3. 3. Journal of Education and Practice www.iiste.org ISSN 2222-1735 (Paper) ISSN 2222-288X (Online) Vol.4, No.12, 2013 31 what materials are needed. This in turn helps everyone adjust to a new learning situation. Axford (2007) advised that parents should also take some initiatives to give extra time to making a positive rapport with school, particularly teachers dealing with their children’s schooling. 4.2Parents and School Partnership in Managing School Schools are ordinarily thought of as institutions including pupils, staff, administrators and possibly board of education members. At this time, however, it is useful to think of a school as being part of a system which includes other individuals and groups such as parents, social agencies, governmental agencies (district, province and national), profit and non-profit enterprise, mass media and indeed all citizens. Parents, teachers and community, as well as government, are partners (Beare & Lowe Boyd, 1993) sharing responsibility for the educational process. Parents are in a position to support the school and through the observation of their own children, provide and inform comment on children’s school performance. Meanwhile, teachers or schools are those performing the teaching and learning process. Therefore, they know about students’ learning ability and should inform parents what happened in the classroom or at the school in relation to students’ academic performance for the improvement of their achievement. Partnership in the teaching and learning process may be seen to have additional educational importance. The involvement of parents in school is part of a wider concern. Parents are only one of a number of possible participating groups. Their involvement may be in one or more of a number of different areas of decision which may be taken at a number of possible levels. In considering the involvement of parents in school, some teachers (Interviewed, May, 2012) suggested that there are several types of involvement of parent in school, for instances: (1) meeting with teachers for information, (2) contributing through finance or work to facilities, (3) using facilities and resources for their own purposes, (4) providing resources for extra curricular activities, (5) providing resources for curricular activities, (6) conducting a joint enterprise with the school, (7) participating in the development and the implementation of the policy. Parental involvement in school can be done through a school committee or individually. The school committee provides a number of tools and resources to assist parents, the Principal, and teachers initiating conversations about family-school relationships, and to support them so that they can grow into real, sustainable partnerships (UU Sisdiknas, 2003). Parents have been considered crucial members on the team because of the unique understanding of their child's needs, medical history, likes and dislikes, and daily routine. Parents are expected to act as advocates in asserting their child's interests and making decisions about what is best for them. Apart from its useful things, there are organizational and structural weaknesses in the school committee which may contribute to an ability to attain a parity of power with administrators and school boards. Myers and MacBeath (2001) stated that the persistence of these problems and the lack of remedial action by school committees are blamed on the inability of the poor and disfranchised, which are supposedly represented on the committee, to organize, to participate and to deliberate. All schools have a school committee whose members are mostly students’ parents, females; indeed, being a parent is often a prerequisite for membership. The poor and ethnic minorities are relatively few in number. Therefore, their interests are rarely represented and voiced in the school decision-making process (personal communication, May, 2012). Other members are most often representatives of home school organizations and government or other civic improvement groups. Nonetheless, some parents perceive the school committee as only a complement to the organization because it is only active, or conduct a meeting if there is something to be discussed, mostly in terms of getting money collected from parents. Besides, parents are rarely involved in the school decision-making process to deal with students’ achievement. Thus, their membership on a school committee is half-hearted. Moreover, family socio-economic conditions make most parents busy fulfilling their family’s basic needs rather than going to school meetings or taking part in school programs to cope with students’ learning achievement. In addition, parents are often distraught by the system. This leads to feelings of fear and frustration that increase as the system becomes more complex. Teachers (personal communication, May, 2012) stated that many parents are able to neither understand nor identify themselves with the system. Furthermore, they argued that most of parents need to spend most of their time earning a living and have little available leisure or energy to devote to either learning about the task or doing the tasks required. Yet, one of the main concerns of schools, parents and committee should be to understand and become familiar with the system. Therefore, changes in the attitudes, skills and knowledge of the members of a school committee and school council are significant (Langer, 2004). It is also important to pay attention to the change of school structure enabling more parents’ effective involvement in managing the school. What is more, parents will be effectively involved if there is well maintained communication between school and them and vice versa. Direct and well-managed flows of information will enable parents’ and the committee to provide meaningful advice to administrators and boards. Consultation, thus, becomes the focal point of all parents’ and committee activities and the culminating point of their co-operation towards the improvement rests on constant and efficient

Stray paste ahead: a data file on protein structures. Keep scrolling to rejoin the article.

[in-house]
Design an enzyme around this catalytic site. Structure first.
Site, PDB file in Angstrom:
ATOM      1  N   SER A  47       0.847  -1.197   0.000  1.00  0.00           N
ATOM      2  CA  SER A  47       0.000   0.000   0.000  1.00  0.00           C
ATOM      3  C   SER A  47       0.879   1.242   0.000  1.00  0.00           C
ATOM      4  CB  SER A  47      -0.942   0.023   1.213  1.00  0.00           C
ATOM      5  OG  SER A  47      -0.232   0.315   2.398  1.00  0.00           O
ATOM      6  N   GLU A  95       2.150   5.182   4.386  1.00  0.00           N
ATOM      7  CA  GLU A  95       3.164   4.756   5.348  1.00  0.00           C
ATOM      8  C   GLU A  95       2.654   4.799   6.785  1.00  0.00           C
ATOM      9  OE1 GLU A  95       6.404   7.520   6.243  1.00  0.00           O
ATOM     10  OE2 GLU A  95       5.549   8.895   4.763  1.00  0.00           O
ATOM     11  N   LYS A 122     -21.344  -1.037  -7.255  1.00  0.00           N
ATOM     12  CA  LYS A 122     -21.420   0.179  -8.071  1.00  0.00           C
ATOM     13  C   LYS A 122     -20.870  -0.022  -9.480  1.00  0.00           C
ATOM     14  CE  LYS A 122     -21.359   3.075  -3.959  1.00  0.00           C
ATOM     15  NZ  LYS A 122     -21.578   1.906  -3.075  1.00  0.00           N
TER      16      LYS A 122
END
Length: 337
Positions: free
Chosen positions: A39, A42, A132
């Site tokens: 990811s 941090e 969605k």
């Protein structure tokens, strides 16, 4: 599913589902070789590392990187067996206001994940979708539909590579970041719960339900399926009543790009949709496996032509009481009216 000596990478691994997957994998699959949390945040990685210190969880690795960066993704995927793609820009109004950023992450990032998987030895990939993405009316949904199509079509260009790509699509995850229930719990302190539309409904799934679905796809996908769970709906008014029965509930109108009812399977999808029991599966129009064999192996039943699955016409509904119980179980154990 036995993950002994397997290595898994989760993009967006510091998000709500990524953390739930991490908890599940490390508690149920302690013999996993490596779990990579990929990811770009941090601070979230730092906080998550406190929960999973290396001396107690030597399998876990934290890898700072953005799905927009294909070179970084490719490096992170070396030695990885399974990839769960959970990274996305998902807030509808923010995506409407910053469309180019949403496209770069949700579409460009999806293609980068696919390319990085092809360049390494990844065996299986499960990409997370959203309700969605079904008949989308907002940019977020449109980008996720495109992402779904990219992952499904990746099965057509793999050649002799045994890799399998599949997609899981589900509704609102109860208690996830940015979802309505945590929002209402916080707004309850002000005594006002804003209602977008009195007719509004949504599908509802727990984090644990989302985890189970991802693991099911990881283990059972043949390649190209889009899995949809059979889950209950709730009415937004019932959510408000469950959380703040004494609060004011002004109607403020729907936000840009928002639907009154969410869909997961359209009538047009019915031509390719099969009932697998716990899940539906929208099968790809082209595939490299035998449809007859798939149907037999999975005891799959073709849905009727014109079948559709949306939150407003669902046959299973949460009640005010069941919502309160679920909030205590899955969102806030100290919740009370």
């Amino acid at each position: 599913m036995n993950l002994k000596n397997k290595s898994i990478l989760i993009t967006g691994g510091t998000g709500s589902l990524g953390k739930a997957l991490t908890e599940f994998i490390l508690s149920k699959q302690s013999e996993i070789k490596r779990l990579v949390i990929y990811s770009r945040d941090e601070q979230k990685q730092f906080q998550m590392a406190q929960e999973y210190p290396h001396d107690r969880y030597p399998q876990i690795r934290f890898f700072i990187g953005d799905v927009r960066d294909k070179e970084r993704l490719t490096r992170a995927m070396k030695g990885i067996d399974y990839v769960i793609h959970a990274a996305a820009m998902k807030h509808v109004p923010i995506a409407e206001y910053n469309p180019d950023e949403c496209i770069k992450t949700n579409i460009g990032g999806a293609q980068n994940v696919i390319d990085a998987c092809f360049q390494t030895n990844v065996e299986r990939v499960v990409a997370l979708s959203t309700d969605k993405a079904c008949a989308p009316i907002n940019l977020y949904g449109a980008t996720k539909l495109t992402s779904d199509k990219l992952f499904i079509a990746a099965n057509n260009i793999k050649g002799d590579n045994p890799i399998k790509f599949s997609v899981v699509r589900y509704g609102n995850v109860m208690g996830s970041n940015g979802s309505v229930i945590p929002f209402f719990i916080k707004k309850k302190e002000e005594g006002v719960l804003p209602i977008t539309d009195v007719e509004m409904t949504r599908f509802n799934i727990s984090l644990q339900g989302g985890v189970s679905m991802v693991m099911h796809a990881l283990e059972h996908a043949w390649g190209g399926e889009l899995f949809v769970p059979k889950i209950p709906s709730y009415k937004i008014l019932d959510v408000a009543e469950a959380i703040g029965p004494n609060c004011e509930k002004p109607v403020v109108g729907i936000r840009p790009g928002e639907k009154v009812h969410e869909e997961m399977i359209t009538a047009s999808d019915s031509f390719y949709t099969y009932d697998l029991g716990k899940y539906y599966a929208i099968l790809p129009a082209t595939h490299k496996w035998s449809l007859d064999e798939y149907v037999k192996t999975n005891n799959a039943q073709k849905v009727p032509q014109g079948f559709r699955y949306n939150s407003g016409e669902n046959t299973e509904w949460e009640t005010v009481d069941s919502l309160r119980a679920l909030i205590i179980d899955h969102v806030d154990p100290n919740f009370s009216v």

4. 4. Journal of Education and Practice www.iiste.org ISSN 2222-1735 (Paper) ISSN 2222-288X (Online) Vol.4, No.12, 2013 32 communication between parents and school or educational authorities. Having strength of information provided by management and boards, parents will be in a better position to state their thoughts and desires in relation to school decision making in managing the school to enhance students’ academic achievement. School and parents should co-operate and maintain good communication in relation to students’ academic performance. 5. Conclusion Parents should be given opportunities to discuss children’s performances and get information about the school’s programs. By and large, parents seek more information than the school provides. Moreover, the school should also use its best endeavors to stimulate and encourage parental response and initiative in order to establish a genuine working partnership. This will not only involve the deliberate encouragement of parental assessment, particularly of their own children’s work and progress but also more widely, of the school’s successes and failures. Furthermore, it is important to keep parents involved in every decision-making process and school activities to promote students’ achievement. To gain this objective parents should be considered as partners and regularly informed about their children’s performance both inside and outside the classroom, such as their class activity, attendance, strengths, weaknesses, and be asked to play a key role in rectifying them. In addition, to promote and sustain parental participation in their children’s activities and achievement in school, it is suggested that they be involved in managing the school in relation to decision- making processes to improve their children’s academic achievement. References Axford, B. (2007). Parents and their children working together; a scaffolding literacy case study. Australian Journal of Language and literacy, 30(1). Retrieved January 18, 2009 from ABI/INFORM Global Online ProQuest. Beare, H. & Lowe Boyd, W. eds. (1993). Restructuring schools. The Falmer Press. London. Brannon, D. (2008). Character education: It’s a joint responsibility. Journals of Education. Winter 2008, 44(2). Retrieved January 18, 2009 from ABI/INFORM Global Online ProQuest. Christopher, C. J. (1996). Building Parent Teacher Communication. Technomic Publishing Company, Inc. Pennsylvania. DeBaryshee, B. (1995). Maternal belief system: Linchpin in the home reading process. Journal of Applied Developmental, 16(1). Retrieved March 24, 2009 from ABI/INFORM Global Online ProQuest. Ehli, S. (1995). Working with Parents of Exceptional Children. Mostby College Publishing. Toronto. Flouri, E. (2006). Parental interest in children’s education, children’s self-esteem and locus of control and later educational attainment. Educational Psychology 75(5). Retrieved January 18, 2009 from ABI/INFORM Global Online ProQuest. Indonesian Decree No 20 Year 2003 about National Educational System. Jakarta. Jacobs, N. & Harvey, D. (2005). Do parents make a difference to children’s academic achievement? Differences between parents of higher and lower achieving students. Educational Studies, 31(4). Retrieved February 22, 2009 from ABI/INFORM Global Online ProQuest. Langer, A. Judith. (2004). Getting to excellent; How to create a better school. Columbia University Press. New York. Markose, S. (2008). Home literacy practices of immigrant families and cultural discontinuity: Two case studies. Retrieved February 27, 2009 from ABI/INFORM Global Online ProQuest. Myers, K., & MacBeath, J. Eds. (2001). Leadership; What’s in it for school? RoutledgeFalmer. London. Purdie, N., Carroll, A., & Roche, L. (2004). Parenting and adolescent self-regulation. Journal of Adolescent, 27(1). Retrieved February 22, 2009 from ABI/INFORM Global Online ProQuest.